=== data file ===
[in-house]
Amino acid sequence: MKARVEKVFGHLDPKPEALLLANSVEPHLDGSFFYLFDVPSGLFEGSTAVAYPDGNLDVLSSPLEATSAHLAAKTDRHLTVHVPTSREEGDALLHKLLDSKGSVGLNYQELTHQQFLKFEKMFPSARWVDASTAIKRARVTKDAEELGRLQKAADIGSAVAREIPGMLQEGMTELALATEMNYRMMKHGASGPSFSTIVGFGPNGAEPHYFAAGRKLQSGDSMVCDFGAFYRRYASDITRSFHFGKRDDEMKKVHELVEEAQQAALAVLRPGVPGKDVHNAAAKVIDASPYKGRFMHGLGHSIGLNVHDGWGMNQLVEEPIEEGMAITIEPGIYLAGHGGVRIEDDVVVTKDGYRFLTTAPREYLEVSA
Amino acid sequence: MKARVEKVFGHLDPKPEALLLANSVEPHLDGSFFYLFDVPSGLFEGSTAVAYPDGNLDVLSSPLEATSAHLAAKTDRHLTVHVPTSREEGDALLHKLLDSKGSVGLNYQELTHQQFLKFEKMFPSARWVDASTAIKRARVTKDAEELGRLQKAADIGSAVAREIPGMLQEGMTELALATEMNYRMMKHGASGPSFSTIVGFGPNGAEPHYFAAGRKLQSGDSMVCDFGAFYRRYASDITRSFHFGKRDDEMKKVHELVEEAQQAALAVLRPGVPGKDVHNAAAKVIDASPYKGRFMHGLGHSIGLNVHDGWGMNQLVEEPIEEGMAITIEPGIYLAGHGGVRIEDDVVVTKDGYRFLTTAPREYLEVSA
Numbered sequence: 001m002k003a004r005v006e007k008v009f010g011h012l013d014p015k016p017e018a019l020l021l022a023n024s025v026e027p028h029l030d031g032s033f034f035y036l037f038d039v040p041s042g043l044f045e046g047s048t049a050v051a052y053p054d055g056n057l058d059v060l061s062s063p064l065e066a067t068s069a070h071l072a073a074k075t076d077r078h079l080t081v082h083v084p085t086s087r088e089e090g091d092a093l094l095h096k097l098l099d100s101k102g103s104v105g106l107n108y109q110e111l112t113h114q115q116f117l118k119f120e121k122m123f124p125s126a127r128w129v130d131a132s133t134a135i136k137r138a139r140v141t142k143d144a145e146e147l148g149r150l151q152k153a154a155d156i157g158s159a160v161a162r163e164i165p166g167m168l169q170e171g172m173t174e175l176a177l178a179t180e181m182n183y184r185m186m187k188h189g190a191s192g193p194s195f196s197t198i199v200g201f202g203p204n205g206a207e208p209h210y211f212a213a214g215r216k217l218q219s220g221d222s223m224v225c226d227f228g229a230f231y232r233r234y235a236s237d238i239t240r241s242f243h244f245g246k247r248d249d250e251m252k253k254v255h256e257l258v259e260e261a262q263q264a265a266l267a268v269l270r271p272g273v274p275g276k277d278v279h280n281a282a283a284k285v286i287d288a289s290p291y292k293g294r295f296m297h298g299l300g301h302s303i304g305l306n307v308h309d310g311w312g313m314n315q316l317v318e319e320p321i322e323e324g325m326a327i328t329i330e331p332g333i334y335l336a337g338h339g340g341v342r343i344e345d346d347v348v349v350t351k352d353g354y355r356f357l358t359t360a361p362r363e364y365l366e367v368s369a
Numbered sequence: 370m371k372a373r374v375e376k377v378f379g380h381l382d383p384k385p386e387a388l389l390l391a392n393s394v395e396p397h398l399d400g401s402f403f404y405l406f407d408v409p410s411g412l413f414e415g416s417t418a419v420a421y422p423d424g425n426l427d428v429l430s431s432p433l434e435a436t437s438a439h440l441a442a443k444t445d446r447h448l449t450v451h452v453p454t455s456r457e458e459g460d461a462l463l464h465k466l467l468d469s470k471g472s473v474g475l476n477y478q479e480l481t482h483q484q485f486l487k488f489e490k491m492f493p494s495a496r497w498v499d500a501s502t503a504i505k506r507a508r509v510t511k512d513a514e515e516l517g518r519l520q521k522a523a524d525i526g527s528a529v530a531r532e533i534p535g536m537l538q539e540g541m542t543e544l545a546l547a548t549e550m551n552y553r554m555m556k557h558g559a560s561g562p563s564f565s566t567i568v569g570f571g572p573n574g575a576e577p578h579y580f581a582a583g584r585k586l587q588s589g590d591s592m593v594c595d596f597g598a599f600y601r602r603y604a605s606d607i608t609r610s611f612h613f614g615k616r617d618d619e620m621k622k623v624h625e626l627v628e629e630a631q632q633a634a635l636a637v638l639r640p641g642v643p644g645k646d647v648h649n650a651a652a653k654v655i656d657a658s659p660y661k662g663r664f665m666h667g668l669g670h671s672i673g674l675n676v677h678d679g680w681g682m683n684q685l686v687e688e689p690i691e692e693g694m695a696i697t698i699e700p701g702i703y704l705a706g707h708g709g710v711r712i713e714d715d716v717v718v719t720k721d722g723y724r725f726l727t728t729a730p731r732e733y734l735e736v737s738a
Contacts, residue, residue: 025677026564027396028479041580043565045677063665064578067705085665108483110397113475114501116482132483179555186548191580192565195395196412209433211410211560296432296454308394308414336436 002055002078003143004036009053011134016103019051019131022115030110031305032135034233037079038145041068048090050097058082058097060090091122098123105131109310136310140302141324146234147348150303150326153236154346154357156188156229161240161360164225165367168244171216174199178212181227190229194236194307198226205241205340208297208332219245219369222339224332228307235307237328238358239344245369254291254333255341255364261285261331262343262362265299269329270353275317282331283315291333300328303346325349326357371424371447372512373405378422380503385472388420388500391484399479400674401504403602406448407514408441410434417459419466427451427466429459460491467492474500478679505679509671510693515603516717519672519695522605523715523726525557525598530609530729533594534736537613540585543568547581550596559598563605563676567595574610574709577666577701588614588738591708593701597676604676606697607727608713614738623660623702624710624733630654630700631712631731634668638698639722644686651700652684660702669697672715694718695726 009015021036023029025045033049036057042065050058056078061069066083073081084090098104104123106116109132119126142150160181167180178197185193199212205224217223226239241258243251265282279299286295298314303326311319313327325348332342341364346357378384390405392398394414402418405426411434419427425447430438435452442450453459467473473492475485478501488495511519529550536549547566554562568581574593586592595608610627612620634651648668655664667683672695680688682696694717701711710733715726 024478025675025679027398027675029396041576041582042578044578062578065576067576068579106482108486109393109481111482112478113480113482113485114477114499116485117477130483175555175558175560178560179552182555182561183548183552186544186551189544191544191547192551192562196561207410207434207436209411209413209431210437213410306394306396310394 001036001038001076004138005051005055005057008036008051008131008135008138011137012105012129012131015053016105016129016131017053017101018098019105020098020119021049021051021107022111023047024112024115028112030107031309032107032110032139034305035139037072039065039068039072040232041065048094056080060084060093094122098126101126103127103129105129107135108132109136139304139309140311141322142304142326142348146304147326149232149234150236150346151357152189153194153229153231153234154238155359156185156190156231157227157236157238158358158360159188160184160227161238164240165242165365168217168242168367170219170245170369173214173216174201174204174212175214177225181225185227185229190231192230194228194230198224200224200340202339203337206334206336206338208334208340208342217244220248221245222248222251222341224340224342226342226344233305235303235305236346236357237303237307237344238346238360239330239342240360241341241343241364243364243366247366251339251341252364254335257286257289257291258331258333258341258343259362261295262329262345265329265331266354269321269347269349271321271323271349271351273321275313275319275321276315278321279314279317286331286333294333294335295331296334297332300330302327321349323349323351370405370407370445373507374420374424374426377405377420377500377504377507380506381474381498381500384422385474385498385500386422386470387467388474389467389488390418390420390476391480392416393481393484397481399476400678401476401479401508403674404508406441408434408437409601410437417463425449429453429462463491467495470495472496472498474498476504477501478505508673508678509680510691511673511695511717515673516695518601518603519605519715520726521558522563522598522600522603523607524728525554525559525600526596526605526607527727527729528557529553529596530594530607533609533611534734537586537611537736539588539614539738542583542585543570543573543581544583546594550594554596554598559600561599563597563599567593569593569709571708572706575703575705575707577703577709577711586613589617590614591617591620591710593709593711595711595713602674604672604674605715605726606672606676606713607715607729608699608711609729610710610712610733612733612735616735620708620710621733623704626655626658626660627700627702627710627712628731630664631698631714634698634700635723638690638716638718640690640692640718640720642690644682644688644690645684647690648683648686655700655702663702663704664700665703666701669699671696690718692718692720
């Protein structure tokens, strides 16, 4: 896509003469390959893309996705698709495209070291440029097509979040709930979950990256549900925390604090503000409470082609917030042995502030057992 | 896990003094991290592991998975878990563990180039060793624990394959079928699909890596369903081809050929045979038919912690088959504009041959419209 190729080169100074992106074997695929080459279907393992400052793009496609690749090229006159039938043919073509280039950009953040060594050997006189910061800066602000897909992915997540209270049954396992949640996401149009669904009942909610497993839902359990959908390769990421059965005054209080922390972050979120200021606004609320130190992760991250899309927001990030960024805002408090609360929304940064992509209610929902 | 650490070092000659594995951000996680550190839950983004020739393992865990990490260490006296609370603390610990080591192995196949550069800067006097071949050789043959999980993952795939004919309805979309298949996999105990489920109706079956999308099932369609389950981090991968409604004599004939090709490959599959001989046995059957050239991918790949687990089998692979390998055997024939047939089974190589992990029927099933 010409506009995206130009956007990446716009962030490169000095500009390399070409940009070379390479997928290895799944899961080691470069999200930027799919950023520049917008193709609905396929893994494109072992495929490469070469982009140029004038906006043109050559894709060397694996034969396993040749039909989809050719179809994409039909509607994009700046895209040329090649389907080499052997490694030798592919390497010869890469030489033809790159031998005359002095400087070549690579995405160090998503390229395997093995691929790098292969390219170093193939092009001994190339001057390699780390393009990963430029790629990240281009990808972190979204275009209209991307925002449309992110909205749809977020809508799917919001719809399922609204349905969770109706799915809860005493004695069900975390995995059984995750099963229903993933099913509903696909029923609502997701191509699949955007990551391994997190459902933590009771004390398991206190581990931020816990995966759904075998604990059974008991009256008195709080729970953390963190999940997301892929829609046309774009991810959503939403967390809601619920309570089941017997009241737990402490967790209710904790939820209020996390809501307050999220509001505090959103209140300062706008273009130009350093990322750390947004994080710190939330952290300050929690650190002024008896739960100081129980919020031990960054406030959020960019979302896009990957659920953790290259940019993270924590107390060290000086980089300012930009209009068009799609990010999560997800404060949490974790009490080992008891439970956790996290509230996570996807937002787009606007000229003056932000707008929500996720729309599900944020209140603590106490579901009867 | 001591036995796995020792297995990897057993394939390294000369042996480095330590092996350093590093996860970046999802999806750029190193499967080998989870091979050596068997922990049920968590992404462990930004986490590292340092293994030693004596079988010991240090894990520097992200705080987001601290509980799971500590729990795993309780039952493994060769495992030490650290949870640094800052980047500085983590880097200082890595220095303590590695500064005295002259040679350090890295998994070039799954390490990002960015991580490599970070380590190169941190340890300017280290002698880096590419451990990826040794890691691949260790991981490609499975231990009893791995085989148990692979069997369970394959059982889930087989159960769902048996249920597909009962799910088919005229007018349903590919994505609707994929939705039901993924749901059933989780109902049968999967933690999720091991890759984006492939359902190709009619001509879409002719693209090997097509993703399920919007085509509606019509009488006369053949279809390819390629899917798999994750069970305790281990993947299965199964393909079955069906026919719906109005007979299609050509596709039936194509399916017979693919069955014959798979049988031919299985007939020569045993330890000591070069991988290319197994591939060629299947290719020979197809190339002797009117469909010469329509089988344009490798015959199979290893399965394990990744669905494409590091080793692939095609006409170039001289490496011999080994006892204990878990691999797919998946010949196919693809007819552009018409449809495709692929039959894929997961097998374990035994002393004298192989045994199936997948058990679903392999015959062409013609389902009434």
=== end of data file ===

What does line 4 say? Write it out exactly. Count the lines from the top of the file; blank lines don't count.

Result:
Numbered sequence: 001m002k003a004r005v006e007k008v009f010g011h012l013d014p015k016p017e018a019l020l021l022a023n024s025v026e027p028h029l030d031g032s033f034f035y036l037f038d039v040p041s042g043l044f045e046g047s048t049a050v051a052y053p054d055g056n057l058d059v060l061s062s063p064l065e066a067t068s069a070h071l072a073a074k075t076d077r078h079l080t081v082h083v084p085t086s087r088e089e090g091d092a093l094l095h096k097l098l099d100s101k102g103s104v105g106l107n108y109q110e111l112t113h114q115q116f117l118k119f120e121k122m123f124p125s126a127r128w129v130d131a132s133t134a135i136k137r138a139r140v141t142k143d144a145e146e147l148g149r150l151q152k153a154a155d156i157g158s159a160v161a162r163e164i165p166g167m168l169q170e171g172m173t174e175l176a177l178a179t180e181m182n183y184r185m186m187k188h189g190a191s192g193p194s195f196s197t198i199v200g201f202g203p204n205g206a207e208p209h210y211f212a213a214g215r216k217l218q219s220g221d222s223m224v225c226d227f228g229a230f231y232r233r234y235a236s237d238i239t240r241s242f243h244f245g246k247r248d249d250e251m252k253k254v255h256e257l258v259e260e261a262q263q264a265a266l267a268v269l270r271p272g273v274p275g276k277d278v279h280n281a282a283a284k285v286i287d288a289s290p291y292k293g294r295f296m297h298g299l300g301h302s303i304g305l306n307v308h309d310g311w312g313m314n315q316l317v318e319e320p321i322e323e324g325m326a327i328t329i330e331p332g333i334y335l336a337g338h339g340g341v342r343i344e345d346d347v348v349v350t351k352d353g354y355r356f357l358t359t360a361p362r363e364y365l366e367v368s369a